The Giants lost yet again, but at least Bumgarner took a positive step

The Giants lost yet again, but at least Bumgarner took a positive step

DENVER — The Giants have lost 14 of their past 18 games, and there was nothing new to be gleaned from what happened at Coors Field on Saturday. It was a familiar feeling, so let’s take a short trip to Scottsdale and start with some good news. 

Madison Bumgarner threw about 40 pitches in a simulated game at the club’s facility there, and he came out of it feeling fine. Bruce Bochy did not have many details, but he said Bumgarner would likely repeat the drill in a couple of days, and then probably throw a third simulated game before being cleared for a rehab assignment. 

The Giants have been pretty tight-lipped about Bumgarner’s rehab schedule, and the pitcher himself has only given two extensive interviews since crashing a dirt bike here on April 20. But it does seem that Bumgarner has been slightly ahead of schedule at every checkpoint — he was supposed to throw 30 pitches Saturday — and he does have the look of a man who will try to return in July, not early August as planned. 

Whenever Bumgarner returns, he will be boarding a sinking ship. The Giants fell 5-1 on a windy, muggy day at Coors Field, making the kind of mistakes that have become so normal in this season that could end with 100 losses. Two-strike pitches across the plate. Bloops that drop in the outfield. Defensive miscommunication. Poor at-bats with runners on base. This one had it all. 

The biggest moment came in the sixth, when Bud Black forced Bochy’s hand. He intentionally walked Gorkys Hernandez with two outs and a runner on second, and Bochy had a quick conversation with Matt Cain.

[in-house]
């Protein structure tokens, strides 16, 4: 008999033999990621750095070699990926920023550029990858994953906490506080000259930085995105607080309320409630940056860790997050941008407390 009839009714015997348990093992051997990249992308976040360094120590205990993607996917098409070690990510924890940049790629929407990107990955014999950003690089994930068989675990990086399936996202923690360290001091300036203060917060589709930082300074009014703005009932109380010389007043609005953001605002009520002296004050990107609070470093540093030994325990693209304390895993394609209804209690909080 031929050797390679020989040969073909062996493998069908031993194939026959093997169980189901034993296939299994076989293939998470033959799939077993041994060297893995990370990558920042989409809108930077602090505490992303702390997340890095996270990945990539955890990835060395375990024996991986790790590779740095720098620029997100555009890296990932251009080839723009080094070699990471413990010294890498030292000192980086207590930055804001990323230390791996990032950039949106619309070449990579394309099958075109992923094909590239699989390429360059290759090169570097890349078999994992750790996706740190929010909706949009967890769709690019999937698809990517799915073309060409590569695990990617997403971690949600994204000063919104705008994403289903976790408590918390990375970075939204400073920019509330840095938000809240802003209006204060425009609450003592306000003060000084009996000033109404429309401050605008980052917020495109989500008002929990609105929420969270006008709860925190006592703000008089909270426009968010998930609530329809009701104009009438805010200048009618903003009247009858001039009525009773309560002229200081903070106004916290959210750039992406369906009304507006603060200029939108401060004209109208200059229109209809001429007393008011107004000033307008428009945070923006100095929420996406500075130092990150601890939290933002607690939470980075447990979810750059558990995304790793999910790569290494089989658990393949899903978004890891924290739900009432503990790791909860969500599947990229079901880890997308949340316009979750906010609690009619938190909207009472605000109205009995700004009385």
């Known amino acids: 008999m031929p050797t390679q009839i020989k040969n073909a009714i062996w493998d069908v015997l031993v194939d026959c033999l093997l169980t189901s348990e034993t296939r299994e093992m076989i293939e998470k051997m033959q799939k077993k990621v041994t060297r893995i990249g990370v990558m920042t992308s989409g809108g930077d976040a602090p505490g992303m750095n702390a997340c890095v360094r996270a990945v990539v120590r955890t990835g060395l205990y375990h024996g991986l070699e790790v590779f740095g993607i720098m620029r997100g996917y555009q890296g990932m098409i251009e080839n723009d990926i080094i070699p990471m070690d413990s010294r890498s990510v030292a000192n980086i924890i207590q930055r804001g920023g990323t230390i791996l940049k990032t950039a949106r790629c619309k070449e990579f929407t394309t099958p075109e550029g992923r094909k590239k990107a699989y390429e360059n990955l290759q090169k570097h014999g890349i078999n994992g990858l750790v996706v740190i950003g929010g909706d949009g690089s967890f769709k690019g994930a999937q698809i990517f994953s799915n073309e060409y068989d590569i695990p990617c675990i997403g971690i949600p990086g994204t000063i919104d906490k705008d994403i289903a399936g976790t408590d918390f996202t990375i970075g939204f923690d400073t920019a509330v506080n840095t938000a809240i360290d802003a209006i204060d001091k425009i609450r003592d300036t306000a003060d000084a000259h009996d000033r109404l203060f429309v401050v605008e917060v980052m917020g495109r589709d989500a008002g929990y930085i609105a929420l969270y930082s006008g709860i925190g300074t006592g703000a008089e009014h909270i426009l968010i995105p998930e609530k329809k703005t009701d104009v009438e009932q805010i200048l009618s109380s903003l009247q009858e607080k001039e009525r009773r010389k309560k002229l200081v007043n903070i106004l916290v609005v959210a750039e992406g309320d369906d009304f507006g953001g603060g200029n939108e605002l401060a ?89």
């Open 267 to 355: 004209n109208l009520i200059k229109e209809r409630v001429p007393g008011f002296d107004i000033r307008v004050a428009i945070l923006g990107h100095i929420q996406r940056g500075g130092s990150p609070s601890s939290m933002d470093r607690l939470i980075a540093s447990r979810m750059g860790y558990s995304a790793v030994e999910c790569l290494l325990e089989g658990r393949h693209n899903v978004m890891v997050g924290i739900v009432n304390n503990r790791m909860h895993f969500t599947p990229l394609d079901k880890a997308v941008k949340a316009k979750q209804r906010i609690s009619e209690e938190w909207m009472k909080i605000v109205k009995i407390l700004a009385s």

“I knew I was getting close (to the end),” said Cain. “He asked me and I told him the truth.”

Bochy sent Brandon Belt up to hit for Cain, who was charged with two runs in five innings in his best road start in two months. Belt struck out, extending his slump to 18 hitless at-bats. 

“I’m sure the pitch he would like to have back is the check-swing on 2-0. It was (going to be) 3-0 and maybe he gets a walk,” Bochy said. “He ended up striking out. That is a big swing.”

The Giants have now dropped eight straight to the Rockies, the leaders of the National League West. It is Colorado’s longest ever winning streak against an NL West opponent. Ty Blach — a pinch-hitter and pinch-runner already in this series — will try and prevent the sweep, but no matter what, the Giants will not come out of here with good vibes. 

They’re 18 games under .500. At this point, the only question is how many of the current Giants will be shipped out before Bumgarner returns. 

Starting to rev things up, Hunter Pence has big night at plate and in left

Starting to rev things up, Hunter Pence has big night at plate and in left

PEORIA — Jeff Samardzija spent a couple minutes after Thursday’s start talking to reporters about how deep he thinks the Giants lineup can be. It’ll be a hell of a lot deeper if Hunter Pence keeps hitting like this. 

After a slow start to the spring, Pence is charging. He had three hits against the Padres: a triple that bounced off the top of the wall in right-center, a hard single up the middle, and a double to center. The more encouraging plays for the Giants happened in left field. Pence chased down a drive to the line in the third inning, leaving the bases loaded. He opened the fourth by going the other direction and gloving a fly ball to left-center. 

"A good game for Hunter, both ways," manager Bruce Bochy said. "He's getting more comfortable out there. You can see it with the jumps he's getting right now. It takes a little while when you change positions, but I think he's going to be fine out there."

The Giants appear set to have Austin Jackson and Pence atop the lineup against left-handed starters, and that duo could see plenty of time early. Seven of the first nine games are against the Dodgers, who have four lefty starters.